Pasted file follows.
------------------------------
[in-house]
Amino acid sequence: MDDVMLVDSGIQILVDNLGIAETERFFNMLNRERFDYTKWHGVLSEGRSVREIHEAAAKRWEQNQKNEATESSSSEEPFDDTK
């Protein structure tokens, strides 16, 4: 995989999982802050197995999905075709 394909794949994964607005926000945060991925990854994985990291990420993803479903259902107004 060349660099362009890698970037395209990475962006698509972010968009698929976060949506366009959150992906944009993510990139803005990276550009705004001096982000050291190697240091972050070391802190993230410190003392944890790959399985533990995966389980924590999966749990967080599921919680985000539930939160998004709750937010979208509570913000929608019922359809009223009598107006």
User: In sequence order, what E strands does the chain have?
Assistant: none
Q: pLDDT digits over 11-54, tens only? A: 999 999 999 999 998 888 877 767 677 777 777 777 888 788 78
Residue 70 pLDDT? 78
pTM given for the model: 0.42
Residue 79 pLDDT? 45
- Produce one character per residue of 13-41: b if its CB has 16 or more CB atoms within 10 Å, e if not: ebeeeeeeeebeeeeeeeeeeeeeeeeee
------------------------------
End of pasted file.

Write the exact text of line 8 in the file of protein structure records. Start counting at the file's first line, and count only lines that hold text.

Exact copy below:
pTM given for the model: 0.42